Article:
With those kinds of numbers, peak oil cannot be far away, and exploration and 'reserves growth' will not be enough to get us out of the woods.

This article is available as a PDF here.

Previous Articles:
Depletion Levels in Ghawar (Updated)
GHAWAR: an estimate of remaining oil reserves and production decline (Part 2 - results)
Abqaiq and Eat It Too (or, More Geological Analysis of Potential Saudi Depletion)

Try these tags for other relevant articles at The Oil Drum:
Saudi Arabia
OPEC Reserves
Reserves Growth


1. Staniford, S., Depletion Levels in Ghawar. http://www.theoildrum.com/node/2470 (May 16) 2007.
2. Carmalt, S.W. & St. John, B., Giant Oil and Gas Fields, in Harbouty, M.T., ed, Future Petroleum Provinces of the World: AAPG, P.11-53. 1986.
3. Kompanik, G.S. et al., Geologic Modelling for Reservoir Simulation: Hanifa Reservoir, Berri Field, Saudi Arabia. Society of Petroleum Engineers (25580). 1993.
4. Mearns, E (2007) GHAWAR: an estimate of remaining oil reserves and production decline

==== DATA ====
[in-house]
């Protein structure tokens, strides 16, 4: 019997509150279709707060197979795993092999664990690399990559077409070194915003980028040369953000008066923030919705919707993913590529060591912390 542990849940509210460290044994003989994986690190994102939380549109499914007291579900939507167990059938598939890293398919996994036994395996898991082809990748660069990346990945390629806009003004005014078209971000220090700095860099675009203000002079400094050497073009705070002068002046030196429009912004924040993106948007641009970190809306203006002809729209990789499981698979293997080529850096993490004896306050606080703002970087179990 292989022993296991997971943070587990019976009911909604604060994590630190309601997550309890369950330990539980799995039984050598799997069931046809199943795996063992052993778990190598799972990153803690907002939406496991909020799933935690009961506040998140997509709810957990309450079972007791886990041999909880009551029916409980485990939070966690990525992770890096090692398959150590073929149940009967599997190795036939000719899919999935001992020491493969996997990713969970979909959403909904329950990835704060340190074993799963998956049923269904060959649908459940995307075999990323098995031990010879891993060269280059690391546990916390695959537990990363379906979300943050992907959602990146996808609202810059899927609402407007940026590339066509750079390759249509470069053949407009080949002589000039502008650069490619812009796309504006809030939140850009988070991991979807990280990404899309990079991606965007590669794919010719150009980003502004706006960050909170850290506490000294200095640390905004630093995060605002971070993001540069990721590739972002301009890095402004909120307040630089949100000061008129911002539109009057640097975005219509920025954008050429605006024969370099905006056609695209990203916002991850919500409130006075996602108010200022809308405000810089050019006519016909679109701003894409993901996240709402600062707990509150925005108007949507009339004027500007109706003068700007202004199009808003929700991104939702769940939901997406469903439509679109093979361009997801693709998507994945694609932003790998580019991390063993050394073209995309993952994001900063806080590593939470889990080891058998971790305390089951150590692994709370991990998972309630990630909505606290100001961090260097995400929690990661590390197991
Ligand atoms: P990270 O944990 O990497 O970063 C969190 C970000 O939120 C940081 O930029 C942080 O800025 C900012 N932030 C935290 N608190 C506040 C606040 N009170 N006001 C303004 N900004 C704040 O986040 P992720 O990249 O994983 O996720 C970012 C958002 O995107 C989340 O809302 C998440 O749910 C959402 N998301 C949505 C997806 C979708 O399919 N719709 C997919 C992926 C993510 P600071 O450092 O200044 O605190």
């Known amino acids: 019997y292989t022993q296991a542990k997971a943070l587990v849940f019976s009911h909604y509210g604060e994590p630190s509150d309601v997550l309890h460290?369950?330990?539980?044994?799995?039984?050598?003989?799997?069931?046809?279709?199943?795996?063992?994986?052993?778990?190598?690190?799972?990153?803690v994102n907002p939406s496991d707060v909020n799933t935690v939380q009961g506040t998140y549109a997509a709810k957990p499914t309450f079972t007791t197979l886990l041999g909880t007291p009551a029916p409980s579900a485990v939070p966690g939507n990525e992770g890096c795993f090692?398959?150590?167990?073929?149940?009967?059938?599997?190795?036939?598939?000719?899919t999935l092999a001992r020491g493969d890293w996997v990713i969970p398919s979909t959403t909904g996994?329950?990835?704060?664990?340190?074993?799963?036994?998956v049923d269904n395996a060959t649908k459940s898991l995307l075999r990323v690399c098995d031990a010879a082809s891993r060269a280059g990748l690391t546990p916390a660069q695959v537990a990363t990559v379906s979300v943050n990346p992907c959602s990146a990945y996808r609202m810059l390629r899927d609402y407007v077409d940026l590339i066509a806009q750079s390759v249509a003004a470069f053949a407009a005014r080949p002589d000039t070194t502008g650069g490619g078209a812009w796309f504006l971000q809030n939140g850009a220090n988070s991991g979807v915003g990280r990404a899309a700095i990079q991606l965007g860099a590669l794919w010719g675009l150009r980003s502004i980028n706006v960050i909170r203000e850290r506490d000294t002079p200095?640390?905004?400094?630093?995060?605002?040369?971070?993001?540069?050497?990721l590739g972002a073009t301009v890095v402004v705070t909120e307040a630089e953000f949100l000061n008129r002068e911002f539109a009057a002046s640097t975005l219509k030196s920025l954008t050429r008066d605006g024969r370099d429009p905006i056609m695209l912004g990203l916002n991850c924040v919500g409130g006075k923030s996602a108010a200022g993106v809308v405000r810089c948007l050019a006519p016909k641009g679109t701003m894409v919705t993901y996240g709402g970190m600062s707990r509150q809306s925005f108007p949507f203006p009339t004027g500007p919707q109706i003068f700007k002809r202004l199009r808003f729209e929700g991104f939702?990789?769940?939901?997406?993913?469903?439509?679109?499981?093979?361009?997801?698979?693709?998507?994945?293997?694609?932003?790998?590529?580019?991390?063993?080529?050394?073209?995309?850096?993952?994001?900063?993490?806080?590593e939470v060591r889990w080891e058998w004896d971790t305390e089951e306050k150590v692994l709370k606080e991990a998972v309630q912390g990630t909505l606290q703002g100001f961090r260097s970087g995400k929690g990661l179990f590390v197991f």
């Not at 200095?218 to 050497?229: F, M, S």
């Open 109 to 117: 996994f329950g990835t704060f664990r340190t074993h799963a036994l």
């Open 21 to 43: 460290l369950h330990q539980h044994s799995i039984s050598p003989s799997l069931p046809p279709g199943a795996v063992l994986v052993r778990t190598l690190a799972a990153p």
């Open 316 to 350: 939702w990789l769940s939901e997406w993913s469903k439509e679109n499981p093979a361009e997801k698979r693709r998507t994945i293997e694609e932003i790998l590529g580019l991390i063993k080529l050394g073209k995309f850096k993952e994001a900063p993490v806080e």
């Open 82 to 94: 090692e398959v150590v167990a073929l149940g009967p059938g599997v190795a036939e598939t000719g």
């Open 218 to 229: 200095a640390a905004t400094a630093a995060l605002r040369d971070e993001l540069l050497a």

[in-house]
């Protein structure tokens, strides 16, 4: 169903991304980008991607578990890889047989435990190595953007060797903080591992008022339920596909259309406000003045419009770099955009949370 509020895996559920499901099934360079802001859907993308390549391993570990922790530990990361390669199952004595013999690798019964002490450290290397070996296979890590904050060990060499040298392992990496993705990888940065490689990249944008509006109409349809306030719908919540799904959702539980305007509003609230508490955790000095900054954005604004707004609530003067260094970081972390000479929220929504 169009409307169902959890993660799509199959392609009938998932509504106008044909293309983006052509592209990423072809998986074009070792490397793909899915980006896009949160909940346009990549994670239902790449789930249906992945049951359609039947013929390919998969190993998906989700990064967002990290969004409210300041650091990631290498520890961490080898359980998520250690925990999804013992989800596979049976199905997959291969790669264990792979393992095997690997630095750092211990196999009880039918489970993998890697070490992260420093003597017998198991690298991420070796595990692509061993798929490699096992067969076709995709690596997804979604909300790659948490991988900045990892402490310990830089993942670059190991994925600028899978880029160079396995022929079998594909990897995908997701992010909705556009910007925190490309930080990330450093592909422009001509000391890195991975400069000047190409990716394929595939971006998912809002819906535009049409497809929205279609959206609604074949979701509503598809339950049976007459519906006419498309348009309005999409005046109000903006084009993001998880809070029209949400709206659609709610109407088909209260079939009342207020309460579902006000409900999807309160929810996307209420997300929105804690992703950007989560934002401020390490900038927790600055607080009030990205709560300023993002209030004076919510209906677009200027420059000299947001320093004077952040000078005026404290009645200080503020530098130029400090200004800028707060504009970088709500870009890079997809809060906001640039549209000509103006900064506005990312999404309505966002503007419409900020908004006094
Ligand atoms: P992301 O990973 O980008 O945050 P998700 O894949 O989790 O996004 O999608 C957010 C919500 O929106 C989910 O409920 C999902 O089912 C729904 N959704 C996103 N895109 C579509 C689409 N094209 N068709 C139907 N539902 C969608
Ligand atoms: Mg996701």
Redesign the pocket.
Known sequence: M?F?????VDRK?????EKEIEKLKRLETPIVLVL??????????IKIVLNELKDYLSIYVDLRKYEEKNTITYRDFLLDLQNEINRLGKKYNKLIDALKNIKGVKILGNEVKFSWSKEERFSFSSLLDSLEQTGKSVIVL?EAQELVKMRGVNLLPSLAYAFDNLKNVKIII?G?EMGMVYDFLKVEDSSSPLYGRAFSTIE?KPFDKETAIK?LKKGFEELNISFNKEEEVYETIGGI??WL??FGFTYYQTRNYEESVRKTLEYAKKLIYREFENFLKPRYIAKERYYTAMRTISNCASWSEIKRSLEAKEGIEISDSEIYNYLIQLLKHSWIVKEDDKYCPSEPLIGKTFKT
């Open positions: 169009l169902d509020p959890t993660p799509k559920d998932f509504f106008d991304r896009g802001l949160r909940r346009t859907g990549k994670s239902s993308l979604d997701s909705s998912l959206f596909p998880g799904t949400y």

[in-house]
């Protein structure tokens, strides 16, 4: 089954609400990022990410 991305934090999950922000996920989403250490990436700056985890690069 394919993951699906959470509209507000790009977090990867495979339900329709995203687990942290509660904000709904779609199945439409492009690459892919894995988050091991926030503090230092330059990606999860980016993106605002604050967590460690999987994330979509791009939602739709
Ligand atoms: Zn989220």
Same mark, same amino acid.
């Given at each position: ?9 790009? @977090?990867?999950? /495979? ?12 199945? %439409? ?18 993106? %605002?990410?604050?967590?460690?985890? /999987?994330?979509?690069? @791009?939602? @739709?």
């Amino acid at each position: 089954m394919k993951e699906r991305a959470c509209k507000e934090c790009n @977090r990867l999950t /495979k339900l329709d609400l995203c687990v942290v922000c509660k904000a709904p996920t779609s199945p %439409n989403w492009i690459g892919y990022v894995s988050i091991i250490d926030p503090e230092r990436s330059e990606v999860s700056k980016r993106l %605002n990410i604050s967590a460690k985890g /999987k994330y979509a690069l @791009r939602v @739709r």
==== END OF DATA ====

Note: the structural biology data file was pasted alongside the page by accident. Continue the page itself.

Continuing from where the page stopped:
(Part 2 – results). http://europe.theoildrum.com/node/2494 April 28, 2007.
5. International Energy Agency, World Energy Outlook. 2004.
6. Chew, K. (IHS), Oil Depletion – dealing with the issues. Energy Institute Nov 2006.
7. International Energy Agency, World Energy Trends 2005 – Middle East and North Africa. 2005.
8. Organization of the Petroleum Exporting Countries, Annual Statistical Bulletin. 2005.
9. Oil & Gas Journal, PennWell Corporation, Vol 104 Issue 47, 2006.
10. Jackson, P.M. (Cambridge Energy Research Associates), Peak Oil Theory Could Distort Energy Policy and Debate. SPE Journal of Petroleum Technology Feb 2007.

Very good paper. Different orthogonal methodologies lead to reserves in the 140 - 175 Gb range for Saudi Arabia.

You can maybe add that with a reserve base of only 140-175 Gb, it is impossible to go above current production levels. Using Pickering relation (http://www.theoildrum.com/node/3221), you get a maximum production between 6.62 and 8.25 mbpd.

thanks Khebab.

I would also note that JoulesBurn, whose Saudi satellite sluething is simply amazing, thinks that Stuart's and Euan's estimates of OIIP for Ghawar are too low because of an under-estimate in the field area. However, I don't think that materially affects the analysis here.